Hong Kong, one of world’s greatest cities according to CNN, offers something to every type of traveller. Whether you prefer leisure dim sum brunch, hiking South China’s mountainous region, or party like it’s 1999, you’ll never be bored. Let’s start with the food!
Dumplings egg tarts galore
From ramen to french pastries, if you can dream it you can eat it in Hong Kong. We are lucky enough to have gracious colleagues treat us to dim sum. My north American counterparts planned to dine at michelin star Tim Ho Wan, but this meal could not be topped. For culinary ventures abroad, it’s best to trust the locals.
The best pork soup dumplings in Hong Kong are at Tsui Hang Village in Central. Attention all those with a case of sweet tooth, order egg tarts. This miniature custard style pie is a perfect end a meal. If you have the advantage of traveling with a local guide, let them order for you. Many of of the menus are in cantonese, especially local spots.
After a food induced coma and afternoon of meetings, we caught the tram up to Victoria Peak. (more on that shortly) Then onward to dinner.
One of my colleagues insists on trying a new food every trip. This sounds like fun, until the challenge is sea urchin. We hit up Kyoto Joe in the heart of Lan Kwai Fong. I’m not a huge sushi person, the tuna sashimi hit the spot. The sea urchin is not terrifying after all.
Tram to the Top of Hong Kong: Victoria Peak
If time is limited, Victoria Peak is the spot for a bird’s eye view. Yes, this is a tourist trap, and yes its still worthwhile. For twenty-eight Hong Kong dollars, (3.60 US) you ride up a tram (at a 45 degree angle) to the most beautiful skyline in Asia. I’d recommend going at night to see the city in its glory. Be prepared to wait an hour in line if taking the tram.
Party like it’s 1999…
Unbeknownst to our company’s travel agent, the Hotel LKF by Rhombus is smack dab in the middle of China’s party zone. Lan Kwai Fong, whose humble beginnings included prostitution, is where debauchery occurs seven nights a week. The 10 shot challenge was not quite our cup of tea, so off to the hotel rooftop bar for us! The plan was to stay just for one drink. A few gin and tonics later, an impromptu karaoke jam session commenced. You cannot escape the party in Hong Kong!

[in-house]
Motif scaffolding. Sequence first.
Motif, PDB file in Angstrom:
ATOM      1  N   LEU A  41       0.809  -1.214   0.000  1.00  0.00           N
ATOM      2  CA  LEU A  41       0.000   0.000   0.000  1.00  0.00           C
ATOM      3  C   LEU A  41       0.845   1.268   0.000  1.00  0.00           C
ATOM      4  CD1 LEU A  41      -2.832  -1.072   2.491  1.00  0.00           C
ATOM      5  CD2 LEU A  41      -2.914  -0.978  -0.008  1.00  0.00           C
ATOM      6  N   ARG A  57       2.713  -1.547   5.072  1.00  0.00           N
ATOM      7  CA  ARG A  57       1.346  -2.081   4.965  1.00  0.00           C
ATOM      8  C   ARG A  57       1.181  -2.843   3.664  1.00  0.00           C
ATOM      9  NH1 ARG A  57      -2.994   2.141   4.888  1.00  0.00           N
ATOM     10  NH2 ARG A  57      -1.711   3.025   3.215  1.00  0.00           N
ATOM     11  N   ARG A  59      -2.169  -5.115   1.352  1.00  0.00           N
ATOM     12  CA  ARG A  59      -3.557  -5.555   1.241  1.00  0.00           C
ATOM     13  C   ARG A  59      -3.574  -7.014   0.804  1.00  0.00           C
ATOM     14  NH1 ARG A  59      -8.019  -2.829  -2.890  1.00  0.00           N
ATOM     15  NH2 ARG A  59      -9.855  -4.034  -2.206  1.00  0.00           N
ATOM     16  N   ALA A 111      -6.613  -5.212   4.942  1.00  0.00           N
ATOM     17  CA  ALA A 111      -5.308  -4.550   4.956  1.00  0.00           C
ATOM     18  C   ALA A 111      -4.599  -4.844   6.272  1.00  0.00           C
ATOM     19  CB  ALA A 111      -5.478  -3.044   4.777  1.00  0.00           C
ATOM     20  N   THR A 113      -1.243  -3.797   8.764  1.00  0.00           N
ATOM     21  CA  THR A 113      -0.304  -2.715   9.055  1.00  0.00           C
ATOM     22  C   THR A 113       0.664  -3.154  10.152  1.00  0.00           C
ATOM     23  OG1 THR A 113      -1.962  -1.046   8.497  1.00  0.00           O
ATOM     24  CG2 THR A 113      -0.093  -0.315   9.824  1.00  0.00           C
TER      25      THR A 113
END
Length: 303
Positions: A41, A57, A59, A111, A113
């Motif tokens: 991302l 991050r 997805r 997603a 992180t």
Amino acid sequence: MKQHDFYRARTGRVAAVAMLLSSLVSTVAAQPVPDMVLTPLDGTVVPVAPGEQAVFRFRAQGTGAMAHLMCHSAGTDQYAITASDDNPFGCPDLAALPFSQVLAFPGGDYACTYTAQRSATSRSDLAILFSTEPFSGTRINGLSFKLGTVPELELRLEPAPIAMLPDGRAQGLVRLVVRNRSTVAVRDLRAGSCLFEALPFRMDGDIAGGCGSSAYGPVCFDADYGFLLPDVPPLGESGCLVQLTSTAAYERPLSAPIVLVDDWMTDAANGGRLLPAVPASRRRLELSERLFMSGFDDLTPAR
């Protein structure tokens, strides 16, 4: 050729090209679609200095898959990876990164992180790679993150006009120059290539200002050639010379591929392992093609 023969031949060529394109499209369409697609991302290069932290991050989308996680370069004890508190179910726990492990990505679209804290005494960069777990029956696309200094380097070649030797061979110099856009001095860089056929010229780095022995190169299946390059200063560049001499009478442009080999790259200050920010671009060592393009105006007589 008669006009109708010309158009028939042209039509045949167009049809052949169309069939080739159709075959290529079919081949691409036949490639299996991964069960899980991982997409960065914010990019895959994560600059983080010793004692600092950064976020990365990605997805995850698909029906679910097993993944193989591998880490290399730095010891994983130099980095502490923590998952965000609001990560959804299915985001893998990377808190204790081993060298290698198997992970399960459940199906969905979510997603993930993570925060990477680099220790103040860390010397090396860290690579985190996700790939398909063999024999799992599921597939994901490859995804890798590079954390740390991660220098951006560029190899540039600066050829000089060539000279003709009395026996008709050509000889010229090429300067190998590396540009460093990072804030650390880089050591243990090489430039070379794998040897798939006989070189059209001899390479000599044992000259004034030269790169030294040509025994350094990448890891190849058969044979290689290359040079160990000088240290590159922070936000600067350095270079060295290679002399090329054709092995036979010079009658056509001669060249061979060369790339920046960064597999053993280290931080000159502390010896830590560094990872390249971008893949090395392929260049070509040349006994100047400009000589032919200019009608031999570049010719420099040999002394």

Soak in Lantau’s mountainous landscape
Advil required to survive Saturday morning. After the tuck and roll out of bed, we took a day trip to Lantau Island. Post hydration and medication all was well on the hangover front… or so I thought.
Our route included the Star Ferry, (great way to tour the city on a budget) followed by a windy bus connection to the monastery. One of my most embarrassing moments of the trip was when I lost my breakfast twenty minutes into the bus ride. In front of a vice president…at my company. I later learned we could have taken a aerial tram; my gastrointestinal incident could have been avoided.
It was a slow crawl up the 234 steps to Big Buddha. Despite my condition, I soaked in breathtaking views. We made a pit stop at an ancient fishing village, known for pink dolphins and a variety of seafare. Tai O has a variety of options, from dried fish bladder to shrimp paste. None of which was appealing to my ailing stomach!
Shop til you drop
Did you think I forgot about shopping? Of course not, it’s one of my favorite activities, especially when exploring a new city. Hong Kong is known for shopping. From Causeway Bay to Stanley Market, you can find anything and everything. I’d skip the mall and head over to Temple Street for a cultural experience. This market comes alive after dark, with plenty of authentic dining options lining the tent covered streets. I walked away with plenty of souvenirs for family and friends back home.
One of the greatest advantages of business travel is having an automatic set of locals with a wealth of insider advice. This equates to getting the most out of a short 36 hour visit. If you find yourself in Southeast Asia, be sure to add Hong Kong to your bucket list.